Abolition of Regional Spatial Strategies: a planning vacuum? - Communities and Local Government Committee Contents

Written evidence from North East Chamber of Commerce (NECC) (ARSS 94)


NECC had serious concerns regarding the process for establish a Regional Spatial Strategy in the North East.

Housing numbers in this region were overly micro-managed.

The move to integrated regional strategies could have presented an opportunity to address these concerns if strategies were sufficiently high level.

The RSS offered some benefits, including avoidance of wasteful competition between authorities, and ensuring appropriate land was allocated for development such as renewable energy infrastructure which often fall foul of "NIMBYism".

NECC has concerns that shifting all planning responsibility back to the level of the local authority will have negative impacts for the private sector.

The Government must ensure that neither nationally nor regionally significant infrastructure development will suffer planning delays and uncertainties due to changes in planning policy.


NECC had serious concerns about the process required to establish a Regional Spatial Strategy for the North East, and the implications this had for the quality of the strategy that was ultimately produced.

Development of the most recent version of the Regional Spatial Strategy for the North East took nearly five years to complete. This timescale, coupled with the arcane statutory planning procedures involved, acted as a deterrent to business involvement, resulting in a document that had less input from the private sector than should have been the case. Furthermore, with publication coming just before the onset of recession in 2008, it was based on vastly different economic circumstances, not least for the housing market, and was insufficiently dynamic to be adaptable to the changes that took place.

The Examination in Public was a particularly unhelpful part of the North East RSS process. Changes inserted after the Examination in Public did not carry any greater level of political or public acceptability and indeed came in for heavy and public criticism from a number of sources. Nor did they carry any greater weight, given the number which were subsequently overturned in later drafting. This hardly seems to justify the expense incurred by the public purse, or by other bodies, including NECC, which took part in this process.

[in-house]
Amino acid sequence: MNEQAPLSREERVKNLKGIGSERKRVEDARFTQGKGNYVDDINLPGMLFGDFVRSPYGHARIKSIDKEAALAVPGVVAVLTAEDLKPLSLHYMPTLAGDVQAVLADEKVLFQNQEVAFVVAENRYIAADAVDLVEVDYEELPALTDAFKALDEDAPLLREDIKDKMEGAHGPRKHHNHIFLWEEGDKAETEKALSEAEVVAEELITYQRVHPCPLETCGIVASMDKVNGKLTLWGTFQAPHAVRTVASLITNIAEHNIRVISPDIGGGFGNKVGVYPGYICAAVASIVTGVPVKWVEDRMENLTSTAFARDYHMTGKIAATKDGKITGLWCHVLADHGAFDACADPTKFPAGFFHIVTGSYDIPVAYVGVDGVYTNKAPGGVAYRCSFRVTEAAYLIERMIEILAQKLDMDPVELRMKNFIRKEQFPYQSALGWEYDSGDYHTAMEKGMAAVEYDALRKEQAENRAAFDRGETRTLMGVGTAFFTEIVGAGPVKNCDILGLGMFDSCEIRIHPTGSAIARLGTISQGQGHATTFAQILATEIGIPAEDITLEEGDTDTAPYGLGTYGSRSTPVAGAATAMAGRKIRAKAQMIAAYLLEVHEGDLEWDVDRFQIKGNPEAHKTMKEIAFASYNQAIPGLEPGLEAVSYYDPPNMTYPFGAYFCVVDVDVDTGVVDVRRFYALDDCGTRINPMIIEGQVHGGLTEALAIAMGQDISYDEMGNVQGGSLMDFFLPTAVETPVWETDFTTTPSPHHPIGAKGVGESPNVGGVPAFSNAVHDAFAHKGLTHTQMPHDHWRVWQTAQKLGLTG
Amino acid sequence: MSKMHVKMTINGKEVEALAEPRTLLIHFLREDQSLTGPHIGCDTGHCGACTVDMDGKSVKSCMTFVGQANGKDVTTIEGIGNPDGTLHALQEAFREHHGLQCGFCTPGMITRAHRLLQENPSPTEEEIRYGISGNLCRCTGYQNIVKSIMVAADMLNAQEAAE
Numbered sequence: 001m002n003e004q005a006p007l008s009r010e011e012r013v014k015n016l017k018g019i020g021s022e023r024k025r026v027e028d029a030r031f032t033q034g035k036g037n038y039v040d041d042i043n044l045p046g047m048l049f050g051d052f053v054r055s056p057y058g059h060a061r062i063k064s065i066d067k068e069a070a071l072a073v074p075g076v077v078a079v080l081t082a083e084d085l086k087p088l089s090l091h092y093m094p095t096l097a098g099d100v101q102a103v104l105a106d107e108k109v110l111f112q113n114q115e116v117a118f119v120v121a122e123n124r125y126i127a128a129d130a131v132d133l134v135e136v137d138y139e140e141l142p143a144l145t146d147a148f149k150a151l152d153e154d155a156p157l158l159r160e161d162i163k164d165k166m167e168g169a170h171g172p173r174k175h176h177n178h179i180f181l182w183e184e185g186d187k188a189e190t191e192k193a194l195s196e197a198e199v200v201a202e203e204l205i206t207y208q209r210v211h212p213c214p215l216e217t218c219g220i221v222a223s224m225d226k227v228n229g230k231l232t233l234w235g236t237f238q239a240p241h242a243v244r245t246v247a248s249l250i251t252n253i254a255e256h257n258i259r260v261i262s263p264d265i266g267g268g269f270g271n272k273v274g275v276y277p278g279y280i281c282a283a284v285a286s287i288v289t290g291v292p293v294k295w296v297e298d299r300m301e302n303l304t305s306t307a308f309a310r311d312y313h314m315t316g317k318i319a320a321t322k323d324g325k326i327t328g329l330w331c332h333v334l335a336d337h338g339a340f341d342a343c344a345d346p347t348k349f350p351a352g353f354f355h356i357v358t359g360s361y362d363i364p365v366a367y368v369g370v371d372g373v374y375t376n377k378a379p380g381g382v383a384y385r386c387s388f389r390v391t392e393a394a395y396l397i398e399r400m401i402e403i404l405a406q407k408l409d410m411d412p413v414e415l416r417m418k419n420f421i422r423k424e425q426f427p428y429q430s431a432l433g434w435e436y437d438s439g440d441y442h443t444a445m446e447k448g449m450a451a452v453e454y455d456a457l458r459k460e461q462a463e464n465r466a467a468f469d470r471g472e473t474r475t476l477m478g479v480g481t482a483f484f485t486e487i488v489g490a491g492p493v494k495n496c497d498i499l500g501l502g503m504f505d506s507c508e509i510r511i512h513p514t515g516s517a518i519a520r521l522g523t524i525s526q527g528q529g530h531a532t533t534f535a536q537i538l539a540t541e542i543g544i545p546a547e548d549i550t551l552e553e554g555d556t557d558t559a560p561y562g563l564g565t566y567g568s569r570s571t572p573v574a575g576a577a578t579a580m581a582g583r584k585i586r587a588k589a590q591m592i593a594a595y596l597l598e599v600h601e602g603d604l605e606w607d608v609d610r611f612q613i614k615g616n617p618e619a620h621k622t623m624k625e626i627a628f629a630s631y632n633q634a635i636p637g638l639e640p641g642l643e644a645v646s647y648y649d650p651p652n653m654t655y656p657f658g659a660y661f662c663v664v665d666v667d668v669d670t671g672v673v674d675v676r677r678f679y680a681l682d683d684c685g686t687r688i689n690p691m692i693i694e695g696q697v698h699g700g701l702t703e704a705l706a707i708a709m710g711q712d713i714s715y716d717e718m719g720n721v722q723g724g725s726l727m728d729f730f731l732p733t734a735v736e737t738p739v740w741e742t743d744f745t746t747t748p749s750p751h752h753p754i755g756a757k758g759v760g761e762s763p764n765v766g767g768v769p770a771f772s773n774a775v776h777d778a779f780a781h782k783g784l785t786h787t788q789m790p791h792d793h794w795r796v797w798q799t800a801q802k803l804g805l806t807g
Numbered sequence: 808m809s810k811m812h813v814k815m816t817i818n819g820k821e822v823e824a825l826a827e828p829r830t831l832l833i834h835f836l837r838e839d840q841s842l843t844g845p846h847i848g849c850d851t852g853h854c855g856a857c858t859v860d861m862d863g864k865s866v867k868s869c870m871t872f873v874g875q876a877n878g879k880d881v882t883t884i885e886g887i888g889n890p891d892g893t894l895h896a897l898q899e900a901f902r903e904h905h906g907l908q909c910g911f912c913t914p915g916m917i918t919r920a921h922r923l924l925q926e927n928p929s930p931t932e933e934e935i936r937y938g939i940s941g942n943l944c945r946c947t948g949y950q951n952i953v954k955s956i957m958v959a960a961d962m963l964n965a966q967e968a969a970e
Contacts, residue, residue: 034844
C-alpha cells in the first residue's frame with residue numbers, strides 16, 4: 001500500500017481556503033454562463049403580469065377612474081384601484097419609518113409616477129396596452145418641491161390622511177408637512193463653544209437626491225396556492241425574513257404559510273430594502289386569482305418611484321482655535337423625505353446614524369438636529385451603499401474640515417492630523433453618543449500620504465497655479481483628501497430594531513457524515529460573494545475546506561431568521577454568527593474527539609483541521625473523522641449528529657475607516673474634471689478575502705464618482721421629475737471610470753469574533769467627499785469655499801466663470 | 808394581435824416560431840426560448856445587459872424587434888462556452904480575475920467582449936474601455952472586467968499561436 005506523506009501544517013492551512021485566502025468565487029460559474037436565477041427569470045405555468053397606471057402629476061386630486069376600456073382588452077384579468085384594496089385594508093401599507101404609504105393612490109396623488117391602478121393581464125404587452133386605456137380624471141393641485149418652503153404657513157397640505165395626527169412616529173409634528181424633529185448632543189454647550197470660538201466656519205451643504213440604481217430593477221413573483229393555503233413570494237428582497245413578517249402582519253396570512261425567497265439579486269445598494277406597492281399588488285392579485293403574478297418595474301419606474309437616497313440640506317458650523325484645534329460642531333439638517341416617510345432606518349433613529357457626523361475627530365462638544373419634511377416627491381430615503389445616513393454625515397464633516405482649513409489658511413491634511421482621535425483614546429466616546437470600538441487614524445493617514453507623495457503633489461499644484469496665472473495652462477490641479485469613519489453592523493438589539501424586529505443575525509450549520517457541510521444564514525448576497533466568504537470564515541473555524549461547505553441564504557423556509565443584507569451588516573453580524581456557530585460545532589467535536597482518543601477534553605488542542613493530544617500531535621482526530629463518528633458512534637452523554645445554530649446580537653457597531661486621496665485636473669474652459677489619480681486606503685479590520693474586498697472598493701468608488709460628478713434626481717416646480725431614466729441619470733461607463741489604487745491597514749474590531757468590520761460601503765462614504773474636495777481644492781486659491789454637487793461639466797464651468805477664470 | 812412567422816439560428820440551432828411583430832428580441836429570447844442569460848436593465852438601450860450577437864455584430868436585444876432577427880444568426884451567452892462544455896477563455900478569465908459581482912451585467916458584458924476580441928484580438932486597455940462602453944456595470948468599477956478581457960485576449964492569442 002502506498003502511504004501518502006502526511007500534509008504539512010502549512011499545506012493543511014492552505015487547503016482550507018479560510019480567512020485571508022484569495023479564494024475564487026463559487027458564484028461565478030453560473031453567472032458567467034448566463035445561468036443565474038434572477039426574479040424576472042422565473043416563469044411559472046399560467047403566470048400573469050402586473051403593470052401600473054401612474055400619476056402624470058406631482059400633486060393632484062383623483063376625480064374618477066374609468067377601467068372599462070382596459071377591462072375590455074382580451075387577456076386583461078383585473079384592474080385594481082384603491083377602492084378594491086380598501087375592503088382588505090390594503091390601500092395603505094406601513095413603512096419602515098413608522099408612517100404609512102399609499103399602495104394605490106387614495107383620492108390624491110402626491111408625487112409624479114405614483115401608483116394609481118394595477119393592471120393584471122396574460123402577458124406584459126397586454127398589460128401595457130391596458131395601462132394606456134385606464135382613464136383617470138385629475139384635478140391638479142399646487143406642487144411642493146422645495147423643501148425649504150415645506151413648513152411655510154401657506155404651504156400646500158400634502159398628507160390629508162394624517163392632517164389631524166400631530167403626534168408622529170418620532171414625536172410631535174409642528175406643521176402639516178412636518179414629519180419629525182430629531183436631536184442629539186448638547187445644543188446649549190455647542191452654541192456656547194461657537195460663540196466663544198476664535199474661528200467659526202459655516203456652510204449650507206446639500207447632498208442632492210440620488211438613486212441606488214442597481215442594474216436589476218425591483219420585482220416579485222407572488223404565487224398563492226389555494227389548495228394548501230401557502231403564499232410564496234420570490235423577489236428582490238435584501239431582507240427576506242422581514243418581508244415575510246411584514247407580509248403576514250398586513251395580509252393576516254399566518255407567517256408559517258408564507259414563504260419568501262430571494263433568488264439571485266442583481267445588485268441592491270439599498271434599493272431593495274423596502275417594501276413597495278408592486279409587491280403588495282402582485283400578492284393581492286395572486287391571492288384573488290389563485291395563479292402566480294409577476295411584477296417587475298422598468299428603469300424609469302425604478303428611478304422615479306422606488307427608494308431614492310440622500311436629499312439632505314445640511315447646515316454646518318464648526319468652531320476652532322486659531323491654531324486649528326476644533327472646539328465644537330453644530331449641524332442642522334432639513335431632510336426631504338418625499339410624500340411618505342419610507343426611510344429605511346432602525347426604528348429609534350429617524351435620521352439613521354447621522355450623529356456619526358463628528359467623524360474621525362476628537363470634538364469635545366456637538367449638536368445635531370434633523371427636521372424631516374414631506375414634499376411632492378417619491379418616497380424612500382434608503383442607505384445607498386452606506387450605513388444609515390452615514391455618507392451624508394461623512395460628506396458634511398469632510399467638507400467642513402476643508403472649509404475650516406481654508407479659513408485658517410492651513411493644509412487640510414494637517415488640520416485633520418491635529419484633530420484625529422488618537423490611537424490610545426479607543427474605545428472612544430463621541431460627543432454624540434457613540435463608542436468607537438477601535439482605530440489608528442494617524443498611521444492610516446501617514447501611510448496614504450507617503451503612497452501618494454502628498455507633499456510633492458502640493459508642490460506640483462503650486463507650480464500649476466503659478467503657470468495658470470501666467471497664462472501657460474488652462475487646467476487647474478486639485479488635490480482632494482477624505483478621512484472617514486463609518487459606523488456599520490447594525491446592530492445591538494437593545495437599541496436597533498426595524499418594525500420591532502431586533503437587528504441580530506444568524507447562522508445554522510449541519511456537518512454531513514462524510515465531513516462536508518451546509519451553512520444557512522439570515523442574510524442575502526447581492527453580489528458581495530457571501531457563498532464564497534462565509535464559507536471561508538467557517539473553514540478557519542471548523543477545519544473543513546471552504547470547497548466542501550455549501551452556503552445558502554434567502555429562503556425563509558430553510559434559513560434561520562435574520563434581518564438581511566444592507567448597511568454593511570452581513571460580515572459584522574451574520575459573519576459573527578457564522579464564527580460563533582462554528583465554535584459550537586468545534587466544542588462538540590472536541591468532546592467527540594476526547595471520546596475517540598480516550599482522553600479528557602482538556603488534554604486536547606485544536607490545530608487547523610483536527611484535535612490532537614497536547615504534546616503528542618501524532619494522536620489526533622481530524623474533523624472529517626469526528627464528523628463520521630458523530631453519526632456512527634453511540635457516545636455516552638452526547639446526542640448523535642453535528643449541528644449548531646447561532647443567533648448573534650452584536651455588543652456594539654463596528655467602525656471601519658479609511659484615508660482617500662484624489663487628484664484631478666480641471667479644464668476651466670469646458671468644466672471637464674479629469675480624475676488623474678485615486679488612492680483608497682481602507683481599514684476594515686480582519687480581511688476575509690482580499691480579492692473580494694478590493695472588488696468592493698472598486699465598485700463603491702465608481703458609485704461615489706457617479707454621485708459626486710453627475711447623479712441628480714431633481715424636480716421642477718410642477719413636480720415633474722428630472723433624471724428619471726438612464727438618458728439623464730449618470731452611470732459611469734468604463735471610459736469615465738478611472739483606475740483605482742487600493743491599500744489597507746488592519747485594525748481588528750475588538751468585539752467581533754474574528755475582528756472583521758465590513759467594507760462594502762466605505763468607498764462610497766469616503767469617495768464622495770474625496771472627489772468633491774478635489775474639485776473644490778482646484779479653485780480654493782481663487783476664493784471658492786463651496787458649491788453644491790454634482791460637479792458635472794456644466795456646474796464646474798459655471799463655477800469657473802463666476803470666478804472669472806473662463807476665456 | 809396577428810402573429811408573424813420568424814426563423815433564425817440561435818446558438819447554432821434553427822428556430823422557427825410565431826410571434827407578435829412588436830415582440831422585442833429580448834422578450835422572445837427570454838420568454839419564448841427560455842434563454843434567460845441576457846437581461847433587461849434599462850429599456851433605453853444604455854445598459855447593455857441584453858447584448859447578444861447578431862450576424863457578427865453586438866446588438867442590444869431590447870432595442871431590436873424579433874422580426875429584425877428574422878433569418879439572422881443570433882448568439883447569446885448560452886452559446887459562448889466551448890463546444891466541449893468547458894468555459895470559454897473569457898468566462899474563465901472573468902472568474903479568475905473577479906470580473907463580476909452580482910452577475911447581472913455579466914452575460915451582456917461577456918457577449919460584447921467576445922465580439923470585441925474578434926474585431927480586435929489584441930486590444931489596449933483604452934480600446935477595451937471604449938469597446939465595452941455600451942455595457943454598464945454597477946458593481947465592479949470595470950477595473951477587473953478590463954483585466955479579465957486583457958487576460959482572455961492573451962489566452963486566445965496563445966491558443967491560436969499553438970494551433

The need for sign-off by the Secretary of State at various stages in the process also left the region with the feeling that the RSS was not its own process, and added to delays in development of the strategy.

Too much micro-management was contained in the North East RSS, particularly in relation to housing. Building targets were set at district council level, and remained in this format even after the North East became the first region outside London with entirely unitary local authorities. This was unnecessarily and unhelpfully prescriptive, denying local authorities the flexibility to respond to specific housing needs and opportunities, and restricting housebuilders' ability to respond innovatively to market needs.

It is worth noting that there was a distinctly different dynamic in relation to housing numbers in the North East than existed elsewhere, with local authorities in this region effectively competing for a greater share of housing numbers.

NECC was hopeful that the policy of integrated regional strategies introduced by the previous Government may have offset some of the concerns about the RSS process, by streamlining development and tying it more closely to the Regional Economic Strategy (RES). However, we repeatedly commented that the new strategy needed to be high level.

Developed effectively, a regional strategy would be helpful in avoiding wasteful competition between local authorities, for example for strategic employment sites to be marketed to inward investors. This benefit would be more achievable when the RSS was combined with the RES.

An effective regional strategy would also encourage local authorities to recognise the need for an appropriate level of development across the region, for example in renewable energy infrastructure, recognising that the aggregate result of each authority taking a "NIMBY" approach would be undesirable for the region as a whole. A sensible process for allocating appropriate land for this use is therefore helpful, if imperfect.

NECC has concerns about the implications of returning all responsibility for planning to local level as the two benefits above may be reversed. While acknowledging the Government's plan to offer incentives for local communities to accept development, NECC has concerns that these will be insufficient to change a "NIMBY" culture which is too prevalent in the planning process. An over-supply of smaller employment sites in every local authority area may also present a confusing and unhelpful picture to potential investors.

On a related matter, NECC has concerns over the Government's reforms to the Infrastructure Planning Commission (IPC). There is an urgent need to reassure the private sector that turning decision-making to politicians will not add new delays and uncertainties to the system. NECC also believes there is a need for a similar approach to the IPC to be introduced for regionally significant infrastructure. With the abolition of regional strategies, there is a greater danger of regionally significant infrastructure projects being delayed by planning.

September 2010

previous page contents next page

© Parliamentary copyright 2011
Prepared 31 March 2011